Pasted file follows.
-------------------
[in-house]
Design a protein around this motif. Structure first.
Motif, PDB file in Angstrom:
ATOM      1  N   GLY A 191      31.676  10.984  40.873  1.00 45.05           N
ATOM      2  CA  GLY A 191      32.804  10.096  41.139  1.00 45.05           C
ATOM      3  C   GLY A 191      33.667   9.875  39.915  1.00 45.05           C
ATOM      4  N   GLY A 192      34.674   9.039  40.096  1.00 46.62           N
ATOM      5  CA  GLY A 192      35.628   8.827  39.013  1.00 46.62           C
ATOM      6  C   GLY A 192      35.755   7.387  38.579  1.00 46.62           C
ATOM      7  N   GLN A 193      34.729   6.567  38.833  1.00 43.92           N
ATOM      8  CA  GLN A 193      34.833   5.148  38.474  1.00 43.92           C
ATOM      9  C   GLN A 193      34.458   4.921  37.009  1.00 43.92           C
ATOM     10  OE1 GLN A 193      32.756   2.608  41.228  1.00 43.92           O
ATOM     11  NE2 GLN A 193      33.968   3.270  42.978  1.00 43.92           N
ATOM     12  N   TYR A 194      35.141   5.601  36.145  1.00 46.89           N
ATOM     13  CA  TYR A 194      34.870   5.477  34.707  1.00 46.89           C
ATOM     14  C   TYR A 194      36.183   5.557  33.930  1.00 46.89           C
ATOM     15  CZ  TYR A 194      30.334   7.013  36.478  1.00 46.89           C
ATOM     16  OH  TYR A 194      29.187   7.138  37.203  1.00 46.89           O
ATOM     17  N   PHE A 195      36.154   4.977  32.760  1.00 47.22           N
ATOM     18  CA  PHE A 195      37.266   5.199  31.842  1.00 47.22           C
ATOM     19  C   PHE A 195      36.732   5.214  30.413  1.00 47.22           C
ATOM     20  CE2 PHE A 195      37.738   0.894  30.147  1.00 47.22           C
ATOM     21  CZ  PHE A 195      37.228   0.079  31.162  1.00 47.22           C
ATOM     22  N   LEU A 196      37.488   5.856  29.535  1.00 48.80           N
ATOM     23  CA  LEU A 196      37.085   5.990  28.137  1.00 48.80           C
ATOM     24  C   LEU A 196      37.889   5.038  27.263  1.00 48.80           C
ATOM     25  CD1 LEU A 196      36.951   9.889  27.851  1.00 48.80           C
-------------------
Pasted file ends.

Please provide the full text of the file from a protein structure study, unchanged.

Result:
[in-house]
Design a protein around this motif. Structure first.
Motif, PDB file in Angstrom:
ATOM      1  N   GLY A 191      31.676  10.984  40.873  1.00 45.05           N
ATOM      2  CA  GLY A 191      32.804  10.096  41.139  1.00 45.05           C
ATOM      3  C   GLY A 191      33.667   9.875  39.915  1.00 45.05           C
ATOM      4  N   GLY A 192      34.674   9.039  40.096  1.00 46.62           N
ATOM      5  CA  GLY A 192      35.628   8.827  39.013  1.00 46.62           C
ATOM      6  C   GLY A 192      35.755   7.387  38.579  1.00 46.62           C
ATOM      7  N   GLN A 193      34.729   6.567  38.833  1.00 43.92           N
ATOM      8  CA  GLN A 193      34.833   5.148  38.474  1.00 43.92           C
ATOM      9  C   GLN A 193      34.458   4.921  37.009  1.00 43.92           C
ATOM     10  OE1 GLN A 193      32.756   2.608  41.228  1.00 43.92           O
ATOM     11  NE2 GLN A 193      33.968   3.270  42.978  1.00 43.92           N
ATOM     12  N   TYR A 194      35.141   5.601  36.145  1.00 46.89           N
ATOM     13  CA  TYR A 194      34.870   5.477  34.707  1.00 46.89           C
ATOM     14  C   TYR A 194      36.183   5.557  33.930  1.00 46.89           C
ATOM     15  CZ  TYR A 194      30.334   7.013  36.478  1.00 46.89           C
ATOM     16  OH  TYR A 194      29.187   7.138  37.203  1.00 46.89           O
ATOM     17  N   PHE A 195      36.154   4.977  32.760  1.00 47.22           N
ATOM     18  CA  PHE A 195      37.266   5.199  31.842  1.00 47.22           C
ATOM     19  C   PHE A 195      36.732   5.214  30.413  1.00 47.22           C
ATOM     20  CE2 PHE A 195      37.738   0.894  30.147  1.00 47.22           C
ATOM     21  CZ  PHE A 195      37.228   0.079  31.162  1.00 47.22           C
ATOM     22  N   LEU A 196      37.488   5.856  29.535  1.00 48.80           N
ATOM     23  CA  LEU A 196      37.085   5.990  28.137  1.00 48.80           C
ATOM     24  C   LEU A 196      37.889   5.038  27.263  1.00 48.80           C
ATOM     25  CD1 LEU A 196      36.951   9.889  27.851  1.00 48.80           C